Losing the minds of the Democrats

Arthur Herman:

"It is best if an enemy nation comes and surrenders of its own accord."

--Du You (735-812)

To the student of counterinsurgency warfare, the war in Iraq has reached a critical but dismally familiar stage.

On the one hand, events in that country have taken a more hopeful direction in recent months. Operations in the city of Najaf in January presaged a more effective burden-sharing between American and Iraqi troops than in the past. The opening moves of the so-called surge in Baghdad, involving increased American patrols and the steady addition of more than 21,000 ground troops, have begun to sweep Shiite militias from the streets, while their leader, Moqtada al-Sadr, has gone to ground. Above all, the appointment of Lt. Gen. David Petraeus, the author of the U.S. Army's latest counterinsurgency field manual, as commander of American ground forces in Iraq bespeaks the Pentagon's conviction that what we need to confront the Iraq insurgency is not more high-tech firepower but the time-tested methods of unconventional or "fourth generation" warfare.

In Washington, on the other hand, among the nation's political class, the growing consensus is that the war in Iraq is not only not winnable but as good as lost--Rep. Henry Waxman of California, for one, has proclaimed that the war is lost. Politicians who initially backed the effort, like Democratic Sens. Hillary Clinton and Joseph Biden, and Republican Reps. Walter Jones and Tom Davis, have been busily backing away or out, insisting that Iraq has descended into civil war and that Americans are helpless to shape events militarily. A growing number, like Rep. John Murtha, even suggest that the American presence is making matters worse. The Democratic Party has devoted much internal discussion to whether and how to restrict the President's ability to carry out even the present counterinsurgency effort.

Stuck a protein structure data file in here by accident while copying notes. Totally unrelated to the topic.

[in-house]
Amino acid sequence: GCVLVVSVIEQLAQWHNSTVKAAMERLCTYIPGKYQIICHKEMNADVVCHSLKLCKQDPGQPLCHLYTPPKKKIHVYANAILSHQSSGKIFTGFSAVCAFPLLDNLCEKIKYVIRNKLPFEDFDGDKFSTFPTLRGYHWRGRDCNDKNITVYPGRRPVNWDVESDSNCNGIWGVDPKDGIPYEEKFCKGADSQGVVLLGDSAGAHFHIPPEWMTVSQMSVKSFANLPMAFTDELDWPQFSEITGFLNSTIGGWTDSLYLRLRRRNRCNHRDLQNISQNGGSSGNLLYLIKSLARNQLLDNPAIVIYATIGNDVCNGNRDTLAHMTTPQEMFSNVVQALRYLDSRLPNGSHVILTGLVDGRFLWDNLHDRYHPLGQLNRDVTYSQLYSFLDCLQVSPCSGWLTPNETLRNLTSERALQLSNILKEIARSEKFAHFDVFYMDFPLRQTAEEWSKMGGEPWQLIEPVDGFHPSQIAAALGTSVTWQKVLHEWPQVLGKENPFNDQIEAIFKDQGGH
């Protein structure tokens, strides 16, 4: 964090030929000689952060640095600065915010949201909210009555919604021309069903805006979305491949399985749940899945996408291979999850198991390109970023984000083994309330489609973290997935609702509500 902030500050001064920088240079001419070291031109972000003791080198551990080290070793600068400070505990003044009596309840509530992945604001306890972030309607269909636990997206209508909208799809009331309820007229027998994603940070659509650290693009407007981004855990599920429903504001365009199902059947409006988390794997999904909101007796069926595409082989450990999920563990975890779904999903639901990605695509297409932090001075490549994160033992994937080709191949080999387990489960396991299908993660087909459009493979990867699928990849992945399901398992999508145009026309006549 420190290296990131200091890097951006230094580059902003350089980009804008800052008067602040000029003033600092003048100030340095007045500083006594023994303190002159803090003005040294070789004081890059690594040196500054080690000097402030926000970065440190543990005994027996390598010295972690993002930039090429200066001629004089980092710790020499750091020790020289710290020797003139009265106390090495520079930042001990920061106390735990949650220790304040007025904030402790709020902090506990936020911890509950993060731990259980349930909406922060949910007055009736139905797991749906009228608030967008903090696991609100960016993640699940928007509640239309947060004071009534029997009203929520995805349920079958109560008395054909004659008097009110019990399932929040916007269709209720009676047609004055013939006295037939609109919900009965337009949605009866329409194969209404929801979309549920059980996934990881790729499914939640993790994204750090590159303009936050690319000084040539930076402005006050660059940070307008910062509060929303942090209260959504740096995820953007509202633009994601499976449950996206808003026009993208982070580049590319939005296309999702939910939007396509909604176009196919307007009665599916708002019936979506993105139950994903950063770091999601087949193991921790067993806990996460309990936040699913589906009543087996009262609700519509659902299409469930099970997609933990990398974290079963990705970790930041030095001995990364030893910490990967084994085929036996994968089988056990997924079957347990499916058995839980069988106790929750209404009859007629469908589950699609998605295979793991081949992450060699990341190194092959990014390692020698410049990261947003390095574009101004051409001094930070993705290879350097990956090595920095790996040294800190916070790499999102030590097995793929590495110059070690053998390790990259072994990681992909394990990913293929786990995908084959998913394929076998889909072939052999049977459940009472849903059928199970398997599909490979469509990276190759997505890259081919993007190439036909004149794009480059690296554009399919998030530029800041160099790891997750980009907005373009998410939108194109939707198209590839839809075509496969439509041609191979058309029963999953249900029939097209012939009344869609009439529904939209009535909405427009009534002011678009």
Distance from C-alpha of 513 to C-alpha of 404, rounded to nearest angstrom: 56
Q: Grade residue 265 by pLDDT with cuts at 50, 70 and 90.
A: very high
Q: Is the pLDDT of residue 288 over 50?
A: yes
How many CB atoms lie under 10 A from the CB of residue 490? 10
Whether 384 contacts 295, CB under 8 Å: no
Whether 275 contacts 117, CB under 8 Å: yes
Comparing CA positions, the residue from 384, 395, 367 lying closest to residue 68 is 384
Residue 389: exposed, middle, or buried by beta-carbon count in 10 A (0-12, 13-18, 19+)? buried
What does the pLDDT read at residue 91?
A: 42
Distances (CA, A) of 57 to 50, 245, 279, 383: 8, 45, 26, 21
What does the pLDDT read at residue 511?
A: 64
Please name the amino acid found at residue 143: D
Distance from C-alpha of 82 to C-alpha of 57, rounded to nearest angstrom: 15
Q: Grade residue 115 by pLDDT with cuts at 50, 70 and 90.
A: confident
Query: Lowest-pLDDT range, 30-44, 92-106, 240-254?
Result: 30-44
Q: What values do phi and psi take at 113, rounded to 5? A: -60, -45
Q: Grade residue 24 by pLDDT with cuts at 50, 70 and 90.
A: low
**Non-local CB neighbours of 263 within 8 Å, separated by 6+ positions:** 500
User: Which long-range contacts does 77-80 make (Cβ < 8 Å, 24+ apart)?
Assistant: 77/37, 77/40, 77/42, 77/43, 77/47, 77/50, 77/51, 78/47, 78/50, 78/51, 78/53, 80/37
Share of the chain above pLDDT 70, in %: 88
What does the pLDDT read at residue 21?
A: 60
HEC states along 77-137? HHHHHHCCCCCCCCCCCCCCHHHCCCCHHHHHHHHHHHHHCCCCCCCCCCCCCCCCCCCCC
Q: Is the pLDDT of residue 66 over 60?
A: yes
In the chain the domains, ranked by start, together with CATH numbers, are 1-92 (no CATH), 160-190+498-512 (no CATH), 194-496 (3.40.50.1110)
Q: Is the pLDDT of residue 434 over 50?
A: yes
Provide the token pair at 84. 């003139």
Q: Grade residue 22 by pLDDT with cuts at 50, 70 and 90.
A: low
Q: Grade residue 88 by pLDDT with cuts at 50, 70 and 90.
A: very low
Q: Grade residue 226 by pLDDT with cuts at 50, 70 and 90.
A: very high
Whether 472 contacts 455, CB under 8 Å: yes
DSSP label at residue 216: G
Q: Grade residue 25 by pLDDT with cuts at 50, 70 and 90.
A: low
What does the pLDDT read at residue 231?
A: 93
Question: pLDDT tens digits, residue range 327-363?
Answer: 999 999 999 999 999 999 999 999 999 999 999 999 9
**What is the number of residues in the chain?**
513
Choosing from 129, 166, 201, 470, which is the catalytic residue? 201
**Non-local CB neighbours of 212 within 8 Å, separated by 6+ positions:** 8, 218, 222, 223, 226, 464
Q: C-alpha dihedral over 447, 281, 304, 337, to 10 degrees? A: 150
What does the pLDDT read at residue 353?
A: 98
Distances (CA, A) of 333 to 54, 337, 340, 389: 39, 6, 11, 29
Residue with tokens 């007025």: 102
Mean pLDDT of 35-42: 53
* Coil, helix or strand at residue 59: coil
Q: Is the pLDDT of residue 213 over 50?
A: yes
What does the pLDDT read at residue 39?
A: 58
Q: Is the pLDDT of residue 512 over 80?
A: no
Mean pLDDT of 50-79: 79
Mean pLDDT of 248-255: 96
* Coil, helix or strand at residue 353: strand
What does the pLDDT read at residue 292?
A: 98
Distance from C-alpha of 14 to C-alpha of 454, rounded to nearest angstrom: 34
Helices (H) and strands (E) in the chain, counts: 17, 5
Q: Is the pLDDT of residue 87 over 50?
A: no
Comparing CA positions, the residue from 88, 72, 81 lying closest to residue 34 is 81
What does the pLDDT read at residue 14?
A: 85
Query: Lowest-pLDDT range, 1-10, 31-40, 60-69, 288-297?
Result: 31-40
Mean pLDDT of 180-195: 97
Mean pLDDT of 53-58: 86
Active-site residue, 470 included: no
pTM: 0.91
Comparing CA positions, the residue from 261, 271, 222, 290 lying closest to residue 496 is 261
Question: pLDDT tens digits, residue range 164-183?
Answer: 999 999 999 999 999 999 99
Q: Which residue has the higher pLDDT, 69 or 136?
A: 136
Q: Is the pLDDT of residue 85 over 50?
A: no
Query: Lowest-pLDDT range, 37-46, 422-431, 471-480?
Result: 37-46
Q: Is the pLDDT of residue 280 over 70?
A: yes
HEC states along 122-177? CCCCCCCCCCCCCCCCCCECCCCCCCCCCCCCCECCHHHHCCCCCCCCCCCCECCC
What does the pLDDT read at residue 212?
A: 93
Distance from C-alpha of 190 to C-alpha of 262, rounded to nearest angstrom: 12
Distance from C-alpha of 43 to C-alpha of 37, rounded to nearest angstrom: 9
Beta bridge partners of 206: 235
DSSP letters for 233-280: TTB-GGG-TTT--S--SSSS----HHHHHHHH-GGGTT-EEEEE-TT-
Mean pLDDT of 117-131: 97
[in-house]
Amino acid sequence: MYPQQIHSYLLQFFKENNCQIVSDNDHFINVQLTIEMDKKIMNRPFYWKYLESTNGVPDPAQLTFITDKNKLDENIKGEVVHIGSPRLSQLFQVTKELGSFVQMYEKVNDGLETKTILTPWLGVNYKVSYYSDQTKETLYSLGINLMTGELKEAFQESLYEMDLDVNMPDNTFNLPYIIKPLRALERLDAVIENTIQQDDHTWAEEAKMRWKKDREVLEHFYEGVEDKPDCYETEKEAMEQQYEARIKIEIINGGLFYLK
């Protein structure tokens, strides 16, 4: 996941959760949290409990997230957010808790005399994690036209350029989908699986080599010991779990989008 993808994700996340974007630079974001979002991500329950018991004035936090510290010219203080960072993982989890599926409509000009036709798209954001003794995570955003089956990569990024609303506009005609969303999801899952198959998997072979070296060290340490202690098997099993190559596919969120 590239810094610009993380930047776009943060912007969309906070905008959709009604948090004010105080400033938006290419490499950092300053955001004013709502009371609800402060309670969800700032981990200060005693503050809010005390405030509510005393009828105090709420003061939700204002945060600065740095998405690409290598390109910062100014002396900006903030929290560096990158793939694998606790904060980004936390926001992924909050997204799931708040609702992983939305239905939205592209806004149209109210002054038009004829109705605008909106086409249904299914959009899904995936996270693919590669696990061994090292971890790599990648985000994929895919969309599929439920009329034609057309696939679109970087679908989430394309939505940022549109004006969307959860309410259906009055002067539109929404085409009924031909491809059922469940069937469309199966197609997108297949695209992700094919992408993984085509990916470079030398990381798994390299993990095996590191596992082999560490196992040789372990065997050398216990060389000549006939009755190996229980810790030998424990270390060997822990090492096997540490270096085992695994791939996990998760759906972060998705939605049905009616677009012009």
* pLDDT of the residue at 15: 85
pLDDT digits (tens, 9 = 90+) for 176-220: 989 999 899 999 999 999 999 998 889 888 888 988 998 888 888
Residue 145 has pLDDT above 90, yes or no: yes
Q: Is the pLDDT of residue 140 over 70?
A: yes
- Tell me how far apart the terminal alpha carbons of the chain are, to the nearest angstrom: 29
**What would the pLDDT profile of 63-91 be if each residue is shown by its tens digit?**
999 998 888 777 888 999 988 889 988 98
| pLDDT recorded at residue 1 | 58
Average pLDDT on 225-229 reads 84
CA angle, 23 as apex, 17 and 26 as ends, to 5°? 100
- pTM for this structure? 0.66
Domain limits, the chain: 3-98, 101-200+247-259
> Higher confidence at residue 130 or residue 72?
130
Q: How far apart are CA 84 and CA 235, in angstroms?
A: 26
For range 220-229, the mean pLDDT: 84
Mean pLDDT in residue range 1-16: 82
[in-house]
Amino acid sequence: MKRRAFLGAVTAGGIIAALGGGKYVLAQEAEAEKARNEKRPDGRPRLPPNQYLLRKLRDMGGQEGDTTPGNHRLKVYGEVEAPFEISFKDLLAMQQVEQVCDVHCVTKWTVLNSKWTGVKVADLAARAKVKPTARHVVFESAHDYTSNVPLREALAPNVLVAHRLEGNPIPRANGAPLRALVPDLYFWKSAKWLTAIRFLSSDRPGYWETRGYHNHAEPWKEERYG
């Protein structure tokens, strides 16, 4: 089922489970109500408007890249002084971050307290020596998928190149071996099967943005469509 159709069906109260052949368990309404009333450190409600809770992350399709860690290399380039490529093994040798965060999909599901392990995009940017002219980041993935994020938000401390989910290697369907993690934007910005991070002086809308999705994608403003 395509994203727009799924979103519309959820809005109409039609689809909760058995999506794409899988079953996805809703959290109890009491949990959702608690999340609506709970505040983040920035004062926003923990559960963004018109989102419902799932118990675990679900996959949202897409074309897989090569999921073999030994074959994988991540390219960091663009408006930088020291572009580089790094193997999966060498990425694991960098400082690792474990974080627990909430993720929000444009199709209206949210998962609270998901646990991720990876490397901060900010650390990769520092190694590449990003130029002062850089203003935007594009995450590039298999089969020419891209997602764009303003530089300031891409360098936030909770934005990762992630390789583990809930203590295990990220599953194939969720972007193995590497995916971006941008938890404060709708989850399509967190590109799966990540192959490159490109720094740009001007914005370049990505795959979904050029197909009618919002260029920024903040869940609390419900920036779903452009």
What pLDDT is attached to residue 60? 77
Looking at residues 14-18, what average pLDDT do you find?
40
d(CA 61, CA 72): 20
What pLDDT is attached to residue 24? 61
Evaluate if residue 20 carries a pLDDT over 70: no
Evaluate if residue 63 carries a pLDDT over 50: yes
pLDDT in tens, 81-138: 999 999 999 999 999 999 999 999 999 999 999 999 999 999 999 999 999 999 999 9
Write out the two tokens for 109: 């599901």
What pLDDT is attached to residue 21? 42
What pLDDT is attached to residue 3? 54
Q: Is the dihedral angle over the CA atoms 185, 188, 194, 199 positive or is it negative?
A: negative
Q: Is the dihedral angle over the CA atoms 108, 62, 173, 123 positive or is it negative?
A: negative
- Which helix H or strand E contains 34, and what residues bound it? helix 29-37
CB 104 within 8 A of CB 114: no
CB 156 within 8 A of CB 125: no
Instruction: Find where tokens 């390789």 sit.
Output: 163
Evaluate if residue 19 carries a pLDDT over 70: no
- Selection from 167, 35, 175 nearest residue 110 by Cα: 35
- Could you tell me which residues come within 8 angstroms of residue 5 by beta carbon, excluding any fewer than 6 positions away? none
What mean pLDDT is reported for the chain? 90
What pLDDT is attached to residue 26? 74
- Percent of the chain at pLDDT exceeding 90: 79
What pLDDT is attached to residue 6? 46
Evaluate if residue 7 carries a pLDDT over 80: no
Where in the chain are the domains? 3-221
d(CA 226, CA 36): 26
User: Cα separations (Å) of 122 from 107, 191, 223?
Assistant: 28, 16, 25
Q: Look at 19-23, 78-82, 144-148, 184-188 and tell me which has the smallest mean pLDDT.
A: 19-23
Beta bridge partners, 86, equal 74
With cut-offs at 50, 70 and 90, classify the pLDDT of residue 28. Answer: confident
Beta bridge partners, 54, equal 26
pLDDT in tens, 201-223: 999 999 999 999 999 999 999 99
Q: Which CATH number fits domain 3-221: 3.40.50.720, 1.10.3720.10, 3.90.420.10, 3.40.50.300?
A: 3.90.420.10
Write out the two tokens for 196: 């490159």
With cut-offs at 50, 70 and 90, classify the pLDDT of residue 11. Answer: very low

In short, if the battle for the hearts and minds of Iraqis still continues and is showing signs of improvement, the battle for the hearts and minds of Congress, or at least of the Democratic majority, seems to be all but over. In the meantime, still more adamant on the subject are many of our best-known pundits and media commentators. According to Thomas Friedman of the New York Times, who speaks for many, Iraq "is so broken it can't even have a proper civil war," and America is therefore now left with but a single option: "how we might disengage with the least damage possible." To the left of Mr. Friedman and his ilk are the strident and often openly anti-American voices of organizations like MoveOn.org.

It is indeed striking that war critics like Sens. Harry Reid and Joseph Biden, who in 2005 were calling on the Pentagon to mount a proper counterinsurgency campaign in Iraq, and to send enough troops to make it happen, should now be seeking ways to revoke legislative authority for that very operation. Exactly why they should have changed their minds on the issue is not obvious, although they and their colleagues do claim to be expressing not only their own judgment but the opinions and sentiments of the American people at large. If recent polls are to be trusted, however, these politicians may well turn out be wrong about popular sentiment. And if past history and our current experience in Iraq are any guide, they are certainly wrong about the war on the ground.

Herman gives a good history of counterinsurgency warfare and notes how failure to win the battle on the home front can be the decisive factor. He describes how the French started winning the war in Algeria as it lost political support at come which proved to be the crucial factor. Vietnam is another case in point. Iraq will probably join in this sorry history of the failure of political will to support a winning hand.


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